The show has been a great hit among indigenous in Taiwan, becoming the most requested show on the TITV customer service line and leading to the discovery of many commanding new indigenous singers. In addition, TITV is the first commercial station that invites parents of young performers to showcase their own brilliant talents.
Native Hits invites successful indigenous superstars to perform. The audience can not only enjoy the beautiful voices of the singers they are familiar with, but also see performances that the superstars have never given before. This is also the show that includes both pop music and traditional folk songs together.
The fine program has been rated as a “Quality Second Season Program of 2008” by the Broadcasting Development Foundation, and was nominated for “Best Singing Show” and “Best Host of Singing Show” at the 43rd Golden Bell Awards in 2008.
Children of Earth
To teach indigenous children about their own culture and help them to appreciate their backgrounds, Children of Earth, produced by TITV, shares with children the life wisdom their indigenous ancestors learned through their hunting culture and shows them how cultural taboos and ethics developed that harmonize society and enable the tribes to lead precious and cohesive lives.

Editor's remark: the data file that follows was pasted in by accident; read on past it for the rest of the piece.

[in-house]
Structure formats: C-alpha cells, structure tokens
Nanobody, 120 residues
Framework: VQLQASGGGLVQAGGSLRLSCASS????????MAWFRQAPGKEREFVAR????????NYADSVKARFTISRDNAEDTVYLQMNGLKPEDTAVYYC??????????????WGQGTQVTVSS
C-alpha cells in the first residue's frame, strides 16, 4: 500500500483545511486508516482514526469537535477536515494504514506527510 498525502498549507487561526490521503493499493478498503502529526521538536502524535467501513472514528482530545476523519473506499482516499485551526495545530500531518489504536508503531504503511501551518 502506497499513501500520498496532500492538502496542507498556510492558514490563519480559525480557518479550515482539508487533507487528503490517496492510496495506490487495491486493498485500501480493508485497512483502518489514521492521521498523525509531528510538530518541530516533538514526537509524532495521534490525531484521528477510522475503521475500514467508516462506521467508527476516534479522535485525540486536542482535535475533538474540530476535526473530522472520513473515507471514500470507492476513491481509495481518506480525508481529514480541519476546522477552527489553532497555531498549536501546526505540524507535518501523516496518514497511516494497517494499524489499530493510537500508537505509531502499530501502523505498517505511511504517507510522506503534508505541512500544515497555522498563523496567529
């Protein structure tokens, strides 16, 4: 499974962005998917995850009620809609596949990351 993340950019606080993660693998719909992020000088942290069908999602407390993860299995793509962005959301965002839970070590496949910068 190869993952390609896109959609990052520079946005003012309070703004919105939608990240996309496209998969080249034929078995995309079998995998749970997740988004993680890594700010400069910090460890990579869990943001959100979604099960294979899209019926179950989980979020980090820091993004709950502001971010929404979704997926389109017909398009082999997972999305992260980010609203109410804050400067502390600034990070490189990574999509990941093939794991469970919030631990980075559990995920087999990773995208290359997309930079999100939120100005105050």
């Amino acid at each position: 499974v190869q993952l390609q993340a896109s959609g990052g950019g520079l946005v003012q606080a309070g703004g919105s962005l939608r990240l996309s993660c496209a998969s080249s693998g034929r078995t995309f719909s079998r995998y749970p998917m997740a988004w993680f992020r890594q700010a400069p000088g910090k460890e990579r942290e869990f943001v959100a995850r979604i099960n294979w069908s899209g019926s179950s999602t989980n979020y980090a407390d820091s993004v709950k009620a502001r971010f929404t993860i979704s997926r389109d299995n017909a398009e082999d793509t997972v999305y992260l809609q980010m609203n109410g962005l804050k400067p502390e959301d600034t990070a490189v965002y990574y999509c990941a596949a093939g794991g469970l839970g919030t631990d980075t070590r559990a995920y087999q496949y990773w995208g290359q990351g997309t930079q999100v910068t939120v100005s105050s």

WAWA Ba-bi-ka is a program that infuses traditional indigenous culture into children’s singing instruction. By joyfully teaching them how to sing and dance, the indigenous culture connotation of the ballads is easily assimilated. The show also conveys ideas about how to respect nature and provides everyday wisdom.
The show is available for the language of every tribe so all indigenous children can watch and learn without difficulty.
Paper Sculpting Game
Paper Sculpting Game is a show that interacts with kids in front of TV the best by presenting easy paper sculpting methods. The values of “human beings as part of the natural ecological system,” “respect for ancestors,” and “cherishing resources” are implied in the process. The works of the master are inspired by indigenous legends and stories that have happened in their parents’ lives.
It is hoped the show can become the seed of artistic inspiration in children’s minds; audiences, young and old, can all make their own masterpiece by following the instructions in the show and enjoying leisure time with their family.
So Math is Fun
The simple games in the program enable audiences to think logically and understand math as well as the cultural connotations of indigenous culture. It breaks the myth of “math is hard to understand and useless in life” and helps indigenous children to know the essence of ancient culture.
Little Science Hunters